1965 – Ian Brady and Myra Hindley are arrested for murder

Ian Brady and Myra Hindley were a couple who seemed made for each other. He was a would-be neo-Nazi, she was a survivor of domestic abuse who had been taught that violence was the only way to win respect. When they met, he was 27 and she 23 – he had already done some prison time, she had already been through a failed engagement. They each saw themselves as an outsider, and both wanted to make a mark.

Unfortunately, the only way they could think of to do so was to commit murders. From July of 1963 through to October of 1965, they abducted and murdered four people, burying the bodies on Saddleworth Moor, near Manchester where they and their victims lived. In each case, Brady would commit the actual murders, and often, he would sexually assault the victims, too.

They were eventually caught when Brady tried to include Hindley’s brother-in-law, David Smith, in their crimes. Although he played along, Smith later went to the police, and told them of the murder he had witnessed. Hindley and Brady were arrested the next day, and both eventually received sentences for lifetime imprisonment for what the British press dubbed ‘the Moors Murders’.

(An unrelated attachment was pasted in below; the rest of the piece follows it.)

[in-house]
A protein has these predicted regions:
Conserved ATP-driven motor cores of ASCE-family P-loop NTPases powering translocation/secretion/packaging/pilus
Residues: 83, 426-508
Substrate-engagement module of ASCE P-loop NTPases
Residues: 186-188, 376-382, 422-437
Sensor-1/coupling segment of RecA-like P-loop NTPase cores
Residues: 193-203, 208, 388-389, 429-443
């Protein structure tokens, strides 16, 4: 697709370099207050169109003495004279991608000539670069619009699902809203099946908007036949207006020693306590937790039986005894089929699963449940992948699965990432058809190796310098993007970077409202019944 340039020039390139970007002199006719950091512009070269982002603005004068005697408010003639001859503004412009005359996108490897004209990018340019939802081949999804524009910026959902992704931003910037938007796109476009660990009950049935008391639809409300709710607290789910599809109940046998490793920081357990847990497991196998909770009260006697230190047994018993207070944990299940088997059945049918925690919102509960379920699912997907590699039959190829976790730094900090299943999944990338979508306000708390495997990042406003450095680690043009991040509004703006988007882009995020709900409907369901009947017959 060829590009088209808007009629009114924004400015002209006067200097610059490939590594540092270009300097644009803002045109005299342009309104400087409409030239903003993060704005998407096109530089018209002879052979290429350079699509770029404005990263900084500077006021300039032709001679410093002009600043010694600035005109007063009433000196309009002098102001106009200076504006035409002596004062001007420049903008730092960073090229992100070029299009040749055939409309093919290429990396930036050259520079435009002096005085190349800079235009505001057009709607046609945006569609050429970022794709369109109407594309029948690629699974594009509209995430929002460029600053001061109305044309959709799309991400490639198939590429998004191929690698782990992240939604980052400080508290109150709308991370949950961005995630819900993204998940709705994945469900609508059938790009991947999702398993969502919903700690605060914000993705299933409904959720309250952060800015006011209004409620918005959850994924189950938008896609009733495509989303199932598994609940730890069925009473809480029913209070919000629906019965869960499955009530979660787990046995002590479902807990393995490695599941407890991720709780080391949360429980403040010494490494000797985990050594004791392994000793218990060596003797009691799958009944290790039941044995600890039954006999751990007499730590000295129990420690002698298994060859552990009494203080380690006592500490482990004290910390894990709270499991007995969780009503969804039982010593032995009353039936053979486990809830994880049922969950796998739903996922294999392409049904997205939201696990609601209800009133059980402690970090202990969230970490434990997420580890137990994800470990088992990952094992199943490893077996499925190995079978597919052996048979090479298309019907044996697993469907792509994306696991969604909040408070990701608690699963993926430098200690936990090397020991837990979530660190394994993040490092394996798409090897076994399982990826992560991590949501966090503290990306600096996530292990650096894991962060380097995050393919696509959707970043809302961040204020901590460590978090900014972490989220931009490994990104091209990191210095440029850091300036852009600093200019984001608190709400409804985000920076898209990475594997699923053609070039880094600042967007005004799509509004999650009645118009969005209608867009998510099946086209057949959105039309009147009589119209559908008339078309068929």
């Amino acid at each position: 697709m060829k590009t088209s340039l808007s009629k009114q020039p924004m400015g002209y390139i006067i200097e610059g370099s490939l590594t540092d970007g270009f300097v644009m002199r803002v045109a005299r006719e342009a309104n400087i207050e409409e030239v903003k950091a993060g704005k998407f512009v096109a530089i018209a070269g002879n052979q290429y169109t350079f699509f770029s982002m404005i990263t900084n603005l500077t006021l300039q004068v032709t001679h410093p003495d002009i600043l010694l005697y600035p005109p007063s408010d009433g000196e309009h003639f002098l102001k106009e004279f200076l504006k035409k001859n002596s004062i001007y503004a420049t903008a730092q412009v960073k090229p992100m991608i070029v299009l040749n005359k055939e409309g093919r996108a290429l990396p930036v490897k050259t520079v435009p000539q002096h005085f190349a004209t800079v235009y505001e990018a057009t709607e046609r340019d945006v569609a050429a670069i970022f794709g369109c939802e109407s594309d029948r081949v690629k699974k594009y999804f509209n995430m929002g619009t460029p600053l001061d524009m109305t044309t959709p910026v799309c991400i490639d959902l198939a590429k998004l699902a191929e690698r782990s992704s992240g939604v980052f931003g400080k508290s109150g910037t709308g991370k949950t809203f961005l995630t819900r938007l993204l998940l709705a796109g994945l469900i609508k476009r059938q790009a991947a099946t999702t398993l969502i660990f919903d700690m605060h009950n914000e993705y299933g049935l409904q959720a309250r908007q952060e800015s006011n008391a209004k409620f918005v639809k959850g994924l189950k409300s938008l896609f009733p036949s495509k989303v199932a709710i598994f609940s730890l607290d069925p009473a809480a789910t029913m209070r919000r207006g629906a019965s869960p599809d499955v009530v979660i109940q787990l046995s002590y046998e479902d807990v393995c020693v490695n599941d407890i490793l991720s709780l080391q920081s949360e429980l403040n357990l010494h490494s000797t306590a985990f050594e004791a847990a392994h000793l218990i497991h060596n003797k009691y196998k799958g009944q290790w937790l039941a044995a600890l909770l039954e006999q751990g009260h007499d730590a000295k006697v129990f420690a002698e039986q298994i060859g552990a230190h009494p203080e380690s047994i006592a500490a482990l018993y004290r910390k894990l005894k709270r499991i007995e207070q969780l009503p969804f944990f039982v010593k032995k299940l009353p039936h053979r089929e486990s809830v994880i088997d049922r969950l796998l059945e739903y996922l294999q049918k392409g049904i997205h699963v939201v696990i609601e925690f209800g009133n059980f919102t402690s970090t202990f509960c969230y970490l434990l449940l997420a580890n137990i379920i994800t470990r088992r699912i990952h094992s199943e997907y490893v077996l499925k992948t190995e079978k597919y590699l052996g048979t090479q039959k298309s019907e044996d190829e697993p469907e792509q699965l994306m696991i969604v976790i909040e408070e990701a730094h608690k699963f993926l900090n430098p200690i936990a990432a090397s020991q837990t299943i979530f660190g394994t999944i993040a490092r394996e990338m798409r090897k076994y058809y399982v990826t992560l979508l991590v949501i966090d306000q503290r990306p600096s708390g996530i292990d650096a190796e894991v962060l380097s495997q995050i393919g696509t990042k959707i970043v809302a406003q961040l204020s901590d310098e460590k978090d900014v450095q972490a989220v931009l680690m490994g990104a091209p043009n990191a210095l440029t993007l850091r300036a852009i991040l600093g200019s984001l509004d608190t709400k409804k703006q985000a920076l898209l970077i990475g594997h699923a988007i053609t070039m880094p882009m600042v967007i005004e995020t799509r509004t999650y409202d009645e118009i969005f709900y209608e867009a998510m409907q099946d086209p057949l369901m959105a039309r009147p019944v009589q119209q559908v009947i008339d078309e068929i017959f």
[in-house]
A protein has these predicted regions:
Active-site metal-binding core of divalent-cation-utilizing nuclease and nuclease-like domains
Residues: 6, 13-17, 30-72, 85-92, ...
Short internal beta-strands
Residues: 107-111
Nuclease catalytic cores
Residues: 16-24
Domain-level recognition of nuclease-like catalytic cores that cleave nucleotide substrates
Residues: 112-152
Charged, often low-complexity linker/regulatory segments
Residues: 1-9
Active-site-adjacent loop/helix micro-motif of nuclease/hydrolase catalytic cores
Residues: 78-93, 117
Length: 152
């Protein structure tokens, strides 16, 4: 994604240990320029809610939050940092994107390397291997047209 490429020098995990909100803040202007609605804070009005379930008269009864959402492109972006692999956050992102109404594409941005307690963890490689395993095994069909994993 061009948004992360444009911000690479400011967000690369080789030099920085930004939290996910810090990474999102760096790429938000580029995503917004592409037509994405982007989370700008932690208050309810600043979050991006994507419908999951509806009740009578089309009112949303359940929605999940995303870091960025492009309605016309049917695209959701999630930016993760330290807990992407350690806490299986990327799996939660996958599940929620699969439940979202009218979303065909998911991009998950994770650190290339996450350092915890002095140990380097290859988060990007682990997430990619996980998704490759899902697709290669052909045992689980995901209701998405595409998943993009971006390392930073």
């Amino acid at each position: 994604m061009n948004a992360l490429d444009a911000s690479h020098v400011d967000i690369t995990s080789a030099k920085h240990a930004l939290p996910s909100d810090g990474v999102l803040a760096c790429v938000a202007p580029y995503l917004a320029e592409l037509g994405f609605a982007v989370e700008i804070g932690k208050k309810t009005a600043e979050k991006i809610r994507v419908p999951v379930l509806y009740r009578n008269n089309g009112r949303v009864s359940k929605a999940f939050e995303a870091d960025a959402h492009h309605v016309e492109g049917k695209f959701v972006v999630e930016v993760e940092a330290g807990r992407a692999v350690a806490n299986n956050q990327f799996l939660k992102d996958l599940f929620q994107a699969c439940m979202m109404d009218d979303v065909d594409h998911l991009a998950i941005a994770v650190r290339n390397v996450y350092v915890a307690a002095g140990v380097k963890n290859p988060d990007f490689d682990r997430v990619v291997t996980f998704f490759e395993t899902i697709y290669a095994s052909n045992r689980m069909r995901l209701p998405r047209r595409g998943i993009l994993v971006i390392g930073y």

Referenced in:

Mother Earth – Crass
Very Friendly – Throbbing Gristle
Suffer Little Children – The Smiths

1431 – Jeanne d’Arc burned at the stake

After a trial lasting from January 9 until May 24, Jeanne d’Arc was convicted of heresy by her somewhat less than unbiased prosecutors. Jeanne (the French original of her name, equivalent to the English Joan) had led the French to several victories over the English, claiming divine inspiration.

Her accusers and judges were, unfortunately for her, strongly influenced by English interests in the matter, and she was found guilty and forced to abjure. Finally, she was executed by being burnt at the stake in Rouen, France. After her death, the coals were raked back in order to expose her charred body – so that no one could claim she had escaped alive – and then her body was burned twice more to reduce it to ashes. Her remains, such as they were, were cast into the Seine to prevent any collection of relics.

Referenced in:

Joan of Arc – Leonard Cohen
Bigmouth Strikes Again – The Smiths
Joan of Arc (Maid of Orleans) – Orchestral Manoeuvres in the Dark